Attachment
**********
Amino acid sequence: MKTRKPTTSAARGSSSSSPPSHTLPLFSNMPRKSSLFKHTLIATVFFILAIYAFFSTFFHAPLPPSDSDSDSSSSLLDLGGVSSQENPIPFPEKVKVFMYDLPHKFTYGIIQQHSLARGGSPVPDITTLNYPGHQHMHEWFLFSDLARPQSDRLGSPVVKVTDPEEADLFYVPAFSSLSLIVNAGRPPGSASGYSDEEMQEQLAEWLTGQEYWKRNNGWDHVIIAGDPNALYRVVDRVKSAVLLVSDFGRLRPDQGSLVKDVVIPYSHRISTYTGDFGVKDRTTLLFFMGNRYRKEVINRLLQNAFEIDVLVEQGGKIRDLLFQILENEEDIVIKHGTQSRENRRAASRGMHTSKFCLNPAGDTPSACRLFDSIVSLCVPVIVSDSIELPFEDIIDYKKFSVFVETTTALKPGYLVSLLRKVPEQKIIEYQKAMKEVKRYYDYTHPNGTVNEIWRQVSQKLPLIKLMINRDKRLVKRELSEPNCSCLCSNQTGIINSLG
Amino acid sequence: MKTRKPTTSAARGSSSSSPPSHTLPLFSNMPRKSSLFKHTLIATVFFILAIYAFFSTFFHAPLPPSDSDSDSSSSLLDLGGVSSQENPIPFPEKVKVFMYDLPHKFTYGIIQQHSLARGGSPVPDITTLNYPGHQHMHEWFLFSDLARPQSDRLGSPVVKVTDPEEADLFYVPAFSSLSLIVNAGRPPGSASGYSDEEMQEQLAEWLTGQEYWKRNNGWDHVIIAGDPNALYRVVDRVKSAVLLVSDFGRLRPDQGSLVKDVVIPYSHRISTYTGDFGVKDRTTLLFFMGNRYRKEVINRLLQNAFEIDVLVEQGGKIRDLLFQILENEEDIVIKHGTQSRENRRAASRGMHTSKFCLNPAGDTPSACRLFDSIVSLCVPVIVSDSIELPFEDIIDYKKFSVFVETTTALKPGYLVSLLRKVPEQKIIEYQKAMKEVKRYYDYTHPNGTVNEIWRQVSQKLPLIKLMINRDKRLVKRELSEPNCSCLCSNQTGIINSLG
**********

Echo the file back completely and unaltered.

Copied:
Amino acid sequence: MKTRKPTTSAARGSSSSSPPSHTLPLFSNMPRKSSLFKHTLIATVFFILAIYAFFSTFFHAPLPPSDSDSDSSSSLLDLGGVSSQENPIPFPEKVKVFMYDLPHKFTYGIIQQHSLARGGSPVPDITTLNYPGHQHMHEWFLFSDLARPQSDRLGSPVVKVTDPEEADLFYVPAFSSLSLIVNAGRPPGSASGYSDEEMQEQLAEWLTGQEYWKRNNGWDHVIIAGDPNALYRVVDRVKSAVLLVSDFGRLRPDQGSLVKDVVIPYSHRISTYTGDFGVKDRTTLLFFMGNRYRKEVINRLLQNAFEIDVLVEQGGKIRDLLFQILENEEDIVIKHGTQSRENRRAASRGMHTSKFCLNPAGDTPSACRLFDSIVSLCVPVIVSDSIELPFEDIIDYKKFSVFVETTTALKPGYLVSLLRKVPEQKIIEYQKAMKEVKRYYDYTHPNGTVNEIWRQVSQKLPLIKLMINRDKRLVKRELSEPNCSCLCSNQTGIINSLG
Amino acid sequence: MKTRKPTTSAARGSSSSSPPSHTLPLFSNMPRKSSLFKHTLIATVFFILAIYAFFSTFFHAPLPPSDSDSDSSSSLLDLGGVSSQENPIPFPEKVKVFMYDLPHKFTYGIIQQHSLARGGSPVPDITTLNYPGHQHMHEWFLFSDLARPQSDRLGSPVVKVTDPEEADLFYVPAFSSLSLIVNAGRPPGSASGYSDEEMQEQLAEWLTGQEYWKRNNGWDHVIIAGDPNALYRVVDRVKSAVLLVSDFGRLRPDQGSLVKDVVIPYSHRISTYTGDFGVKDRTTLLFFMGNRYRKEVINRLLQNAFEIDVLVEQGGKIRDLLFQILENEEDIVIKHGTQSRENRRAASRGMHTSKFCLNPAGDTPSACRLFDSIVSLCVPVIVSDSIELPFEDIIDYKKFSVFVETTTALKPGYLVSLLRKVPEQKIIEYQKAMKEVKRYYDYTHPNGTVNEIWRQVSQKLPLIKLMINRDKRLVKRELSEPNCSCLCSNQTGIINSLG